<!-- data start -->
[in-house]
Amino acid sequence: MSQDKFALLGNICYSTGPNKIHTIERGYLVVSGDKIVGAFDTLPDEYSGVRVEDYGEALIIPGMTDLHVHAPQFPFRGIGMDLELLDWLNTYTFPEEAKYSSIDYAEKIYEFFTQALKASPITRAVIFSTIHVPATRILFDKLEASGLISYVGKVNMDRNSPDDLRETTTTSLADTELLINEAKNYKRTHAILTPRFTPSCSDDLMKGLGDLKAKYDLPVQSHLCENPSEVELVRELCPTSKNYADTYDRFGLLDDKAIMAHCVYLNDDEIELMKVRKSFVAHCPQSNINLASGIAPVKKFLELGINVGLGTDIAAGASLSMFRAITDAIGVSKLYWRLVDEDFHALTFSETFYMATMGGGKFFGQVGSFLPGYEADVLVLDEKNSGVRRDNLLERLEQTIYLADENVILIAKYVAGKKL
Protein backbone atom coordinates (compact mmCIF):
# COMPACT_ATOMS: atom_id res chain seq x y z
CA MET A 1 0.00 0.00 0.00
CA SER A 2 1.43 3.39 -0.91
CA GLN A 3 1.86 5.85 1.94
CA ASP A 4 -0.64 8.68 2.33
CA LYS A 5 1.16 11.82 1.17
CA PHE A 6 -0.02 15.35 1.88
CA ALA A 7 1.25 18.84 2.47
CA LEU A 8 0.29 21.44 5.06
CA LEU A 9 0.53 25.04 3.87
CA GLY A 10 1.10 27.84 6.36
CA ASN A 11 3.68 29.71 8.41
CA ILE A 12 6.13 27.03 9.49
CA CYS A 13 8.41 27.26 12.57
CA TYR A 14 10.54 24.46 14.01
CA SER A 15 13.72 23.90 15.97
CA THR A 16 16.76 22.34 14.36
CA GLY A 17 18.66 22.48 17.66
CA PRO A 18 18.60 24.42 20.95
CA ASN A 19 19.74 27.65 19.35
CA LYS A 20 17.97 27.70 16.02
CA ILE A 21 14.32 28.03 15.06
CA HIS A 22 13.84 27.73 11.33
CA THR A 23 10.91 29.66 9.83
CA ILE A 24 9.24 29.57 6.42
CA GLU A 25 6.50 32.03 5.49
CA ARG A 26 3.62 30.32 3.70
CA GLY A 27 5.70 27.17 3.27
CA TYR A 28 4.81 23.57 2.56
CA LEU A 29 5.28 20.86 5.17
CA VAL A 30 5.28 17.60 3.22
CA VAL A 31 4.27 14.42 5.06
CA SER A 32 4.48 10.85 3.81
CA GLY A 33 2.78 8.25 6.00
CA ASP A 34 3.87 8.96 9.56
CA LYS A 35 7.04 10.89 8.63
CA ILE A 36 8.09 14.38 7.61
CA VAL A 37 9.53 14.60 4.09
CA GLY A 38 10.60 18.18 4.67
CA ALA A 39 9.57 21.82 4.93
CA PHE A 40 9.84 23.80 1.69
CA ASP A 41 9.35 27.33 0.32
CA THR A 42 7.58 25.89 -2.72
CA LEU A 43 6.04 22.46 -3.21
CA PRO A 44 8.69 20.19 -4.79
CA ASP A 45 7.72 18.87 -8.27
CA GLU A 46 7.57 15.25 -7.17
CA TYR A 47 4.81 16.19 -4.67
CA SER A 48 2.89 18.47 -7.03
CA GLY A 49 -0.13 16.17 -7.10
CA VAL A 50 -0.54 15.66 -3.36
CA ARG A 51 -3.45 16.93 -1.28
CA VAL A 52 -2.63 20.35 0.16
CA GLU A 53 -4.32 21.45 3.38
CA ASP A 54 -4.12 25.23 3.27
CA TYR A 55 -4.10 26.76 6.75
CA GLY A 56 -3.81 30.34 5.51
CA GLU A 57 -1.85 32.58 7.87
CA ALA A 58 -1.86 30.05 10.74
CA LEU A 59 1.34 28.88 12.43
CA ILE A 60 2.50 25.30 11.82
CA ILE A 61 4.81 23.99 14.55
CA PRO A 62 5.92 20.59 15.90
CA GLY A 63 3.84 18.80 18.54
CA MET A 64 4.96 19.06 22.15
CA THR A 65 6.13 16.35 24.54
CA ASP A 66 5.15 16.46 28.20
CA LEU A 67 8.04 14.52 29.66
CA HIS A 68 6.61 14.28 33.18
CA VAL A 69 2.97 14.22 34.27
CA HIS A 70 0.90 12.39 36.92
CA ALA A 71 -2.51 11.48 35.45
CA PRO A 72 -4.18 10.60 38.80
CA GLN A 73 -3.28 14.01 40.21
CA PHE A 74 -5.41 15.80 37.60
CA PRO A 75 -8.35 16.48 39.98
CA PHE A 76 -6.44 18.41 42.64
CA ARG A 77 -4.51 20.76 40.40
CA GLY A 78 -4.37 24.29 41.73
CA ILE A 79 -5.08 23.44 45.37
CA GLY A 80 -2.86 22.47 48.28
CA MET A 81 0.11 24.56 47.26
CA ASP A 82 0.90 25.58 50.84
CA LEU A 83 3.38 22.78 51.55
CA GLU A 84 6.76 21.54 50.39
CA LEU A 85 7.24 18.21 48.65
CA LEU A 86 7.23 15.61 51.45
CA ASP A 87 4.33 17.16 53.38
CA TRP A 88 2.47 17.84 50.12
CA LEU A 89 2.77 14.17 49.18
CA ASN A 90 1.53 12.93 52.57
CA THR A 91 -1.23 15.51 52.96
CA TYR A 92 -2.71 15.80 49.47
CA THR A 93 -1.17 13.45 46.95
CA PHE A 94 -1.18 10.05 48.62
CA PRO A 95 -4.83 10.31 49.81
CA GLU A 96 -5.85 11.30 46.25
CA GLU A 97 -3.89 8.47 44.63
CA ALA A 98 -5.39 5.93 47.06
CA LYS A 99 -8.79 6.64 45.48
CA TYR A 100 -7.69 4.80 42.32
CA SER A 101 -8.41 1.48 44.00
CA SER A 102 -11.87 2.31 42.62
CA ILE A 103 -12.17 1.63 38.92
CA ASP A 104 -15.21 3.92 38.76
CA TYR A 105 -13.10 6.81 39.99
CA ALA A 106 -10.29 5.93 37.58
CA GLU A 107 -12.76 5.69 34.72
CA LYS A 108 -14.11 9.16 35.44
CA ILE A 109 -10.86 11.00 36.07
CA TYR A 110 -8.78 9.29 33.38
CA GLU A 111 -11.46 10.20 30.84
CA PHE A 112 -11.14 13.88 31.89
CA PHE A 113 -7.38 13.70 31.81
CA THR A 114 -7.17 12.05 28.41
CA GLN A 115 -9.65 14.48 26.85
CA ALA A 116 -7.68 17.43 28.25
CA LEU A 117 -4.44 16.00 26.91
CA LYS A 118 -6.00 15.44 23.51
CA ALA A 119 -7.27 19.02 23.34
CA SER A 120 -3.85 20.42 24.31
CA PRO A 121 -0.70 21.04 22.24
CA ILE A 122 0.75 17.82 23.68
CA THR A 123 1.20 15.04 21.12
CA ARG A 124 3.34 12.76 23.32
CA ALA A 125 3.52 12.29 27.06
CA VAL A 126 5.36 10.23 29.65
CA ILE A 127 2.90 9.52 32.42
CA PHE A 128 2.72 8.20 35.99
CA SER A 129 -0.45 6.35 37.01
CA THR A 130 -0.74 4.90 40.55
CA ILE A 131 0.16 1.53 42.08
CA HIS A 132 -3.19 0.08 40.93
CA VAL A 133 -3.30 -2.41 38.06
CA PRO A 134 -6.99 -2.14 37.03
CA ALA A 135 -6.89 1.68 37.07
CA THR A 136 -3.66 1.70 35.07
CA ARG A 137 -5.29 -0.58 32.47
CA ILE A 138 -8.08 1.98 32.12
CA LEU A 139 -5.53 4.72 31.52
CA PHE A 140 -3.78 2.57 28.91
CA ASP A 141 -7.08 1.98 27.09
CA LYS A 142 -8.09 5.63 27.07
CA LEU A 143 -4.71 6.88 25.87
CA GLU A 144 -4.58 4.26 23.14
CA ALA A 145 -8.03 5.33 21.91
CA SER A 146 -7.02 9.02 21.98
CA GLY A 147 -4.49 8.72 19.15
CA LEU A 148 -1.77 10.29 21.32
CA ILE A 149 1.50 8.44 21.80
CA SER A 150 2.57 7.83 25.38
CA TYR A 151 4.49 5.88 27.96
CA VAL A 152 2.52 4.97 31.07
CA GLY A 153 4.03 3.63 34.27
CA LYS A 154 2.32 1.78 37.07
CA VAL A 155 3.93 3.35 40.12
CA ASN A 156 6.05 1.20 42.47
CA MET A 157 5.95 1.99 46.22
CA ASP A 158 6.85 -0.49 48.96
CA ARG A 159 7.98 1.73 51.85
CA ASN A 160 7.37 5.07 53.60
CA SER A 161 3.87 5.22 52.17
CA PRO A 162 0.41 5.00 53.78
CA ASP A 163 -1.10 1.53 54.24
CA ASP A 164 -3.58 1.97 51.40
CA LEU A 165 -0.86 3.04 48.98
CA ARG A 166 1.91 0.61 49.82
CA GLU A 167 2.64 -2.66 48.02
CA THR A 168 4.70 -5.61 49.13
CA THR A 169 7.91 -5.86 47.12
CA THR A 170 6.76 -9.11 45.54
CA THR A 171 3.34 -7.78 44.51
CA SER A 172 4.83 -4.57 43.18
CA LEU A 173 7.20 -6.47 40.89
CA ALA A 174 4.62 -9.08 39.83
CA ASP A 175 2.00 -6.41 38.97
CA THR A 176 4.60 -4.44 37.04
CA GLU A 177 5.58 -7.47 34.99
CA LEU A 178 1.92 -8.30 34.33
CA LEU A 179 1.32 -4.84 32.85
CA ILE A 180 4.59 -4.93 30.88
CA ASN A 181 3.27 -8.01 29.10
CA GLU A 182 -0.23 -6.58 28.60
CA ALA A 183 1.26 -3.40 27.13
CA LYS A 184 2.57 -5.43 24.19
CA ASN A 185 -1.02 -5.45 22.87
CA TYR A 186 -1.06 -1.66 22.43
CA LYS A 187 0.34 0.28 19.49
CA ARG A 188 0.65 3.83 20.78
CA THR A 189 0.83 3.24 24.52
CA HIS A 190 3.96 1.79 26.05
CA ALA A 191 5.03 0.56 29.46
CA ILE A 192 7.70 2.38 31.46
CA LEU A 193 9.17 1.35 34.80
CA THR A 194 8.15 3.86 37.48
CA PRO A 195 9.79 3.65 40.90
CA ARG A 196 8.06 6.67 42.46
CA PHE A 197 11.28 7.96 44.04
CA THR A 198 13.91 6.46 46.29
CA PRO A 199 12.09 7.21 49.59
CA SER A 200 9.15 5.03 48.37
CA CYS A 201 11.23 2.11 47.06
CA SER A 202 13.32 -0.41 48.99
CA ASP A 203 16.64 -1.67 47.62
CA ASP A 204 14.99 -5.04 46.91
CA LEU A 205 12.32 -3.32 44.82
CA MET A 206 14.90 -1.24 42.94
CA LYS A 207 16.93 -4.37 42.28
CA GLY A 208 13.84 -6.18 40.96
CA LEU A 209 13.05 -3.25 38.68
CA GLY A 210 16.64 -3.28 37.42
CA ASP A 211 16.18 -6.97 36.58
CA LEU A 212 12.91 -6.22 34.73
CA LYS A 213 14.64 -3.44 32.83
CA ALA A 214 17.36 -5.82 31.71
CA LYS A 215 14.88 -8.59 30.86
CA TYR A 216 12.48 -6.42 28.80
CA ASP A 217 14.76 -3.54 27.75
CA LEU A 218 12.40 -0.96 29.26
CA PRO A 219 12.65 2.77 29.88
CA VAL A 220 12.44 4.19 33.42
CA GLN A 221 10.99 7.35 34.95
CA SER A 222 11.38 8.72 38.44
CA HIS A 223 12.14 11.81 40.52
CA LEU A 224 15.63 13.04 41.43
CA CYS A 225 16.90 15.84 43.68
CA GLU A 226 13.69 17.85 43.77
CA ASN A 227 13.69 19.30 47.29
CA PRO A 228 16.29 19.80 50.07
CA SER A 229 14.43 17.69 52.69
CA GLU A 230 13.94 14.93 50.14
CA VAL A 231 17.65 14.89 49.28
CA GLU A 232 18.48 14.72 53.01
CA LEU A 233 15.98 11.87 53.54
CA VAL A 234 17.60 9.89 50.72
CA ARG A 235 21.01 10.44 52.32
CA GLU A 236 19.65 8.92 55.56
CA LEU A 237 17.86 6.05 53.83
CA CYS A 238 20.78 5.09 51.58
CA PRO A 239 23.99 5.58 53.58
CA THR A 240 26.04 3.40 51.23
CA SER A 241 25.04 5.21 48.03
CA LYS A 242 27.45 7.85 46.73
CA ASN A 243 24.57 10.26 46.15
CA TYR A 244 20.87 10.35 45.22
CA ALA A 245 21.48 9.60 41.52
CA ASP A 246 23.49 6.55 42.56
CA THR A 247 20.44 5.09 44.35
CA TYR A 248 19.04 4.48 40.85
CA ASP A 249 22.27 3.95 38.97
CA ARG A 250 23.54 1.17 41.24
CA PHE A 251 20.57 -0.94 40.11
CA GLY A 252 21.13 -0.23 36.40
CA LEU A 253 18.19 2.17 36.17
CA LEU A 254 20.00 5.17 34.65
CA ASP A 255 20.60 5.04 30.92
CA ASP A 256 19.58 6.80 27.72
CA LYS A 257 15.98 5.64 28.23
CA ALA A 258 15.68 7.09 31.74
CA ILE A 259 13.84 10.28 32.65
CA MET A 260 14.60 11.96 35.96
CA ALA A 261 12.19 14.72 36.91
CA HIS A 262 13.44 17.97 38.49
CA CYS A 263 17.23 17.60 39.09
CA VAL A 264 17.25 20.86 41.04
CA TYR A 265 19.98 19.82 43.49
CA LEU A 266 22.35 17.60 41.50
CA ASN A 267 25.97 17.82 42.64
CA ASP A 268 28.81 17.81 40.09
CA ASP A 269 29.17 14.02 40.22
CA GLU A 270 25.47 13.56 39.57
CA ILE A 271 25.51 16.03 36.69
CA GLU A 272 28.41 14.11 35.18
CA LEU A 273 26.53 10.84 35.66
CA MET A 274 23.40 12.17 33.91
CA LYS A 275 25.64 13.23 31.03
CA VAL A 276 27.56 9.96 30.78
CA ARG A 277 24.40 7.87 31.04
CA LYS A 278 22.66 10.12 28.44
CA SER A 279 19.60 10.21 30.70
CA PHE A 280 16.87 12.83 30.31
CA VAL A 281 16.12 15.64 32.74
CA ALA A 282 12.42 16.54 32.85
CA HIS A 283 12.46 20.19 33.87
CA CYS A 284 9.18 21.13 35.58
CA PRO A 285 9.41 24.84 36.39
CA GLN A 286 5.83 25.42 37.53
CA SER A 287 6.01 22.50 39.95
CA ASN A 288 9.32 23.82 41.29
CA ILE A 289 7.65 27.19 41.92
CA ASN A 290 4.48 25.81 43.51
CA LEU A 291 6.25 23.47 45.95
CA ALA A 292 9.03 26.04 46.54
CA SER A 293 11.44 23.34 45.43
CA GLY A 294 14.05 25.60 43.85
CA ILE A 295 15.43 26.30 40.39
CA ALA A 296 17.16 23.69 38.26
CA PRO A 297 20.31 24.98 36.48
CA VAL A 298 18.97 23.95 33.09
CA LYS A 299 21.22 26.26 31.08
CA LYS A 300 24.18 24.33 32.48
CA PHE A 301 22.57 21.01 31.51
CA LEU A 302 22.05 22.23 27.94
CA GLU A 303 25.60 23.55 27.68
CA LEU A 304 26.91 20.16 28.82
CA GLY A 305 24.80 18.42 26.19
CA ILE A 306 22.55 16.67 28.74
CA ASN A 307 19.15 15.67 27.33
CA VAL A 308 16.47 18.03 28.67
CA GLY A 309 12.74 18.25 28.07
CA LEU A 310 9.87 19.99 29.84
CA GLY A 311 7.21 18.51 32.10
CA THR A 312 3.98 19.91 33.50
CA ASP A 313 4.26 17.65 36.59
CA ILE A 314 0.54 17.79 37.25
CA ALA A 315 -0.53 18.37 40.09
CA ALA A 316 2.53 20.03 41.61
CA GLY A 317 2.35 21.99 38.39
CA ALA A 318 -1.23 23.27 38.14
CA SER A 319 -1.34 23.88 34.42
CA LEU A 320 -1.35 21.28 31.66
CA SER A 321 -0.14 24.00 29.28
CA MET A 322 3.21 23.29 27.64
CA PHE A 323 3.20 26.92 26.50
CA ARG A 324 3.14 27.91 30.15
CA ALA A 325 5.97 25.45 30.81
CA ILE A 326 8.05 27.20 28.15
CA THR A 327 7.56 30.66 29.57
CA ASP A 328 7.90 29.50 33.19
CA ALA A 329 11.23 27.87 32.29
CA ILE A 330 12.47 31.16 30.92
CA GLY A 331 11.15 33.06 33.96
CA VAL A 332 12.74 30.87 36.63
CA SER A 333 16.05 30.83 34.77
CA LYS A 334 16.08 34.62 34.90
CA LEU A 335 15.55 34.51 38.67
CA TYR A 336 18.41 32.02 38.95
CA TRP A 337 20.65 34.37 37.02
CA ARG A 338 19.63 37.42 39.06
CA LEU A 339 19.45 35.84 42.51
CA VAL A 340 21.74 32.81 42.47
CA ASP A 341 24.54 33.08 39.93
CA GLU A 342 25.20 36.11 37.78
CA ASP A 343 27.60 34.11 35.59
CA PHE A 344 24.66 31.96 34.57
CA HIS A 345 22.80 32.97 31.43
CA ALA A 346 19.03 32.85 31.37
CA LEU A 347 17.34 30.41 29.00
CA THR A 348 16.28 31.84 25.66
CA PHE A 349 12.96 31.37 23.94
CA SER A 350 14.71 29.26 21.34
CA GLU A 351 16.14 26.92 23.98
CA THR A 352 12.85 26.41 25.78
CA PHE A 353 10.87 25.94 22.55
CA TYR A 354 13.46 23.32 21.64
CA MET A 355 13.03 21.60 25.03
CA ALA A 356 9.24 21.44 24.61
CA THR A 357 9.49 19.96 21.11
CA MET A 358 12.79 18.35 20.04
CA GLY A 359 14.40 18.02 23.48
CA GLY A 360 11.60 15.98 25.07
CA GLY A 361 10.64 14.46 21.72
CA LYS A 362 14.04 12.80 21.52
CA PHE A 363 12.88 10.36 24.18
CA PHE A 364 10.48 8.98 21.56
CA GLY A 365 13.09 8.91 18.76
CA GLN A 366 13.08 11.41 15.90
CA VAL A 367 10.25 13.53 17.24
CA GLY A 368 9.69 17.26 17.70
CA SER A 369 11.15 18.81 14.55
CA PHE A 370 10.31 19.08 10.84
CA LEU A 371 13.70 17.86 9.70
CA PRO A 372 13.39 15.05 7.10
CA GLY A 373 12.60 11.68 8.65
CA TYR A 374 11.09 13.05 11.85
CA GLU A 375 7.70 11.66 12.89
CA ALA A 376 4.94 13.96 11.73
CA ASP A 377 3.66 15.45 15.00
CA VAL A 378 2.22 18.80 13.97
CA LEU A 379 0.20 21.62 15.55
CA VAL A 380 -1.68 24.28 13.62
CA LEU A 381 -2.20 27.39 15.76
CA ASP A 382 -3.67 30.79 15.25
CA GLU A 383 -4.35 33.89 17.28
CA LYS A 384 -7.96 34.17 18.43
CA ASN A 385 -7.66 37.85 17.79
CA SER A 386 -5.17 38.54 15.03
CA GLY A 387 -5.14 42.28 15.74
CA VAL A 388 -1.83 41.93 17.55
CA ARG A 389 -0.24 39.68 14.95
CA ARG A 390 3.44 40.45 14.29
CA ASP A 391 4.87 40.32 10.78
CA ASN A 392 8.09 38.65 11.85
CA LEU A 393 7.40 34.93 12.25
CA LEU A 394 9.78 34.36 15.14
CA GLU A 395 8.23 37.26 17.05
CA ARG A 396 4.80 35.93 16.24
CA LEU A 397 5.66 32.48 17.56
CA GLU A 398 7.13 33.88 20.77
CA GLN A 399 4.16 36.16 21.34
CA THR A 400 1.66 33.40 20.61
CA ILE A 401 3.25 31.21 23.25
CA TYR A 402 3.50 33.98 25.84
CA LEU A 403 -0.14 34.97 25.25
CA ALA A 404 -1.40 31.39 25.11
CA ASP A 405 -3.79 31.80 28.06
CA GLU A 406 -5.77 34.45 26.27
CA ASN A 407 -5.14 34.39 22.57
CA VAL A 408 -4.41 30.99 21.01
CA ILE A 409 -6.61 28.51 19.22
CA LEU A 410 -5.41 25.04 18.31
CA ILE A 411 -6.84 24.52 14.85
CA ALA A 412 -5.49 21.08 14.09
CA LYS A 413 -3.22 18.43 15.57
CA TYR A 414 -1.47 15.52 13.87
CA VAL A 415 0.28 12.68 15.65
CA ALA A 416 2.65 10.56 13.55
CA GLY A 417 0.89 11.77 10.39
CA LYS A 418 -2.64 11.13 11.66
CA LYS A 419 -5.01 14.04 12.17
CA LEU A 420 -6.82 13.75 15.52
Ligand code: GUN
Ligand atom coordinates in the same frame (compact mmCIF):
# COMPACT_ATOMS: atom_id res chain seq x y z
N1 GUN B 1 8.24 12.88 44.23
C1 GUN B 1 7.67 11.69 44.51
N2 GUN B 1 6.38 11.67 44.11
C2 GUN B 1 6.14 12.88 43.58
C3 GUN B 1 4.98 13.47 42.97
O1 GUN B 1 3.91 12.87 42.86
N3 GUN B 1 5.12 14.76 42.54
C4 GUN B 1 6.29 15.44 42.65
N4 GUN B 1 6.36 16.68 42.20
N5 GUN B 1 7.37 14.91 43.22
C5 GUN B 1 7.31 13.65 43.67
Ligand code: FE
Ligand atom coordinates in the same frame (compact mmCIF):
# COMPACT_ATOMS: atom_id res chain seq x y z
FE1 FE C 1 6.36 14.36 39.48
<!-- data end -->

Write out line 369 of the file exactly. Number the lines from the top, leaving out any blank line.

CA GLY A 365 13.09 8.91 18.76